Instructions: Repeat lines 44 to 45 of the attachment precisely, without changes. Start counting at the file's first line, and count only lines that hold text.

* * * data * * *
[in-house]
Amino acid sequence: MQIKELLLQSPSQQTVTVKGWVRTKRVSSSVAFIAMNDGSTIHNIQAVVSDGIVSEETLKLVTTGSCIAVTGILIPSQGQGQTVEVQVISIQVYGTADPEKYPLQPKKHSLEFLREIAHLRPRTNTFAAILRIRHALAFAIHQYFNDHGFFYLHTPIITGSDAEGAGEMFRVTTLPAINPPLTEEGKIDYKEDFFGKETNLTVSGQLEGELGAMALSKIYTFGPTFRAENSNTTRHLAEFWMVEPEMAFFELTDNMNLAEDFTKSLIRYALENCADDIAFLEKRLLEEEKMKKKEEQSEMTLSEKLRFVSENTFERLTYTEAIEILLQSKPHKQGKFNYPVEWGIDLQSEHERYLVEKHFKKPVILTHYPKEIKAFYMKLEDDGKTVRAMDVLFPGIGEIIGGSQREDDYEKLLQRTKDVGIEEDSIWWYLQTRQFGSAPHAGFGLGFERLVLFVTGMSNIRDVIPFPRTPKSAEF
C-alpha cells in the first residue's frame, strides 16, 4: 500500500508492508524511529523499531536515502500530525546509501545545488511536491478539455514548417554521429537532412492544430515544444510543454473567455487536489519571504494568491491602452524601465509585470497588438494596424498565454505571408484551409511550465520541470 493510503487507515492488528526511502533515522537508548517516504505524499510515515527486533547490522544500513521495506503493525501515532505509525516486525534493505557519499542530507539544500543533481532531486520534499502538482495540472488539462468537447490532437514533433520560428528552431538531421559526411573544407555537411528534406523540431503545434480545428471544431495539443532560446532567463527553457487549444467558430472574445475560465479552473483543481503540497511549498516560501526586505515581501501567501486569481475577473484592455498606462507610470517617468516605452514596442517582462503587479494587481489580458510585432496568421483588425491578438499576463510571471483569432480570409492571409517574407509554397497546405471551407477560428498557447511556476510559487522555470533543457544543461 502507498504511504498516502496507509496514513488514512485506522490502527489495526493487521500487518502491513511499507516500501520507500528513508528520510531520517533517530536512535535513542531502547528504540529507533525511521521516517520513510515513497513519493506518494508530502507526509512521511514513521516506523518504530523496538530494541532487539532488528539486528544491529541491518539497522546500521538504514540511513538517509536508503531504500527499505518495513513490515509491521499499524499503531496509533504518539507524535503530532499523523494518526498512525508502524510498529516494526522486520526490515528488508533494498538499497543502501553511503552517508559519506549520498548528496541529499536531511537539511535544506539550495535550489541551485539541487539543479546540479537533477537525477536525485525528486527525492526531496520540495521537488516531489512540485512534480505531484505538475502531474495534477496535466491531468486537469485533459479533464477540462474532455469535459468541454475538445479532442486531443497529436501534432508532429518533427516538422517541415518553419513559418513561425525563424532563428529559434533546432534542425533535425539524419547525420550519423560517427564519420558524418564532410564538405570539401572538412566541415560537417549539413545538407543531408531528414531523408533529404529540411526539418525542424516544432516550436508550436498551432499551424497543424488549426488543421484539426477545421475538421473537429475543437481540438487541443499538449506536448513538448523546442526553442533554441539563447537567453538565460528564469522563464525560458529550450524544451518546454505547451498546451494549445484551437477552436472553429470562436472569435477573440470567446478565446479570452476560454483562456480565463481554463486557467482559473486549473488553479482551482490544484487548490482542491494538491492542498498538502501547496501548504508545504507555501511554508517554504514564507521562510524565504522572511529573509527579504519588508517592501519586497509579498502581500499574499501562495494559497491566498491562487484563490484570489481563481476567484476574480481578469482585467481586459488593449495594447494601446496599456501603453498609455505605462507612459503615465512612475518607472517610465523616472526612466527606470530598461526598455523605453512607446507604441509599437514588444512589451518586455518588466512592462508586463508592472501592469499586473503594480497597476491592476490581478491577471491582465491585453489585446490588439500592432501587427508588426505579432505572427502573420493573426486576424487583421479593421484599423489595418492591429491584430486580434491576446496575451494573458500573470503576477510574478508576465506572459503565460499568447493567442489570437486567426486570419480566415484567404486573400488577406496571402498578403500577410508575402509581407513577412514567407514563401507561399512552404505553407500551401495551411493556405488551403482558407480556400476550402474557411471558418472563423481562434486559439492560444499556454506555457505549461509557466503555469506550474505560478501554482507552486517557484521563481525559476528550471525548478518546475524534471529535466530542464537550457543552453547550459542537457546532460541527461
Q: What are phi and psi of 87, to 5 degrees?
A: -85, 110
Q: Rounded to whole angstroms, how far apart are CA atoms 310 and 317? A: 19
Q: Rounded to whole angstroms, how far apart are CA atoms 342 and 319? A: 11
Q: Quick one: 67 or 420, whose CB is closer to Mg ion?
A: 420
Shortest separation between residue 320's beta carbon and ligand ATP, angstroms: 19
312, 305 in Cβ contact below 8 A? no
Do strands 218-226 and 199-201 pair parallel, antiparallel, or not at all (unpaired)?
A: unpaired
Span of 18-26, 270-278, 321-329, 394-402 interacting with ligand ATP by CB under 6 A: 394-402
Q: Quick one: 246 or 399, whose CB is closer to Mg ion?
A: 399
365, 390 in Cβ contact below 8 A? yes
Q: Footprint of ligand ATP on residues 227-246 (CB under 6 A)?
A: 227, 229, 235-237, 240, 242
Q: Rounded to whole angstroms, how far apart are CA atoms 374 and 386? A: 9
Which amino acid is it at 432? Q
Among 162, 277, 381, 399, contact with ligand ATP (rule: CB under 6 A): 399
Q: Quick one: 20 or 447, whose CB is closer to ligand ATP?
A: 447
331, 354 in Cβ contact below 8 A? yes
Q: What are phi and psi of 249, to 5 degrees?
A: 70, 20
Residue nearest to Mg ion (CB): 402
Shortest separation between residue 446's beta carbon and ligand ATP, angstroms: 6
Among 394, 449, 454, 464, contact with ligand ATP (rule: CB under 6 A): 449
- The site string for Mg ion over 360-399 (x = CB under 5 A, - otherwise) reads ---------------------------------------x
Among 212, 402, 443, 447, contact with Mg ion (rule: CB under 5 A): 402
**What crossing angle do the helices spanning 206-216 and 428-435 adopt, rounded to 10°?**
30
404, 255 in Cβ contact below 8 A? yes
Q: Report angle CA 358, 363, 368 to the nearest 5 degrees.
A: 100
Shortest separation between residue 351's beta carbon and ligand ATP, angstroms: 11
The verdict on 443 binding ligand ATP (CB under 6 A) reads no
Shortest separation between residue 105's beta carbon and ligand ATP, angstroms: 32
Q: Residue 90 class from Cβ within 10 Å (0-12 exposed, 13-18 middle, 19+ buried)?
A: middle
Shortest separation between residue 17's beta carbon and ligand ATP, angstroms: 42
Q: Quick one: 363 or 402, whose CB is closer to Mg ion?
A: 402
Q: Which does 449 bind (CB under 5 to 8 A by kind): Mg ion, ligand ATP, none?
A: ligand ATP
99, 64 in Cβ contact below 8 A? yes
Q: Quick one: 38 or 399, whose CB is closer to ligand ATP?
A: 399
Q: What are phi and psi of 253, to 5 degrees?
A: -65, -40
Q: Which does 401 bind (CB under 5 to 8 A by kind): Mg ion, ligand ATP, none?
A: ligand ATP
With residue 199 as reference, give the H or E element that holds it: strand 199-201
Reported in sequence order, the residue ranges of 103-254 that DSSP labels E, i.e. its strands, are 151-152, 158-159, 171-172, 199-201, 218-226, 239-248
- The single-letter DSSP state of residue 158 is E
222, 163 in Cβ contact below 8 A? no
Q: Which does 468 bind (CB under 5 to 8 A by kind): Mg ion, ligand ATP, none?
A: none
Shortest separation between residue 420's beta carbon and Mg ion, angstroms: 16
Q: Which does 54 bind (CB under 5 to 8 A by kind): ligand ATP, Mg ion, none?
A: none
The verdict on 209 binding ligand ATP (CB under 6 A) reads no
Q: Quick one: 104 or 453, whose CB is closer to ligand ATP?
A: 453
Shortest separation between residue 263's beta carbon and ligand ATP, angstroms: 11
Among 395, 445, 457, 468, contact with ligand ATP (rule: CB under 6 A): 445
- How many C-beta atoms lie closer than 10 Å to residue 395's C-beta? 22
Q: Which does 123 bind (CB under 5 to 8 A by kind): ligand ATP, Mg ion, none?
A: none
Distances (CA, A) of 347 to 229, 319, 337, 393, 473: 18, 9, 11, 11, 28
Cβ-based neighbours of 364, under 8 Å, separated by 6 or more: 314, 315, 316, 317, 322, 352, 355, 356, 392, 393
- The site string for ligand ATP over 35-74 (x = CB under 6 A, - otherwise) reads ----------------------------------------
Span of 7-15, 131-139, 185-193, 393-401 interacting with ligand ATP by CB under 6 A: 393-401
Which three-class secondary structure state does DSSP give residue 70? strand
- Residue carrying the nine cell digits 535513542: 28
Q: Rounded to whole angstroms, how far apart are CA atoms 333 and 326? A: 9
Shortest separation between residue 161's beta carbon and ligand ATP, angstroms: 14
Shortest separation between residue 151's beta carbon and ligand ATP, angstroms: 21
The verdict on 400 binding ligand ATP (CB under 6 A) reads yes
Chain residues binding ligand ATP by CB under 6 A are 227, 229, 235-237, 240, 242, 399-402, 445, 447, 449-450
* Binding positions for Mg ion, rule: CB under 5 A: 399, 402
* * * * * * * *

Q: Quick one: 363 or 402, whose CB is closer to Mg ion?
A: 402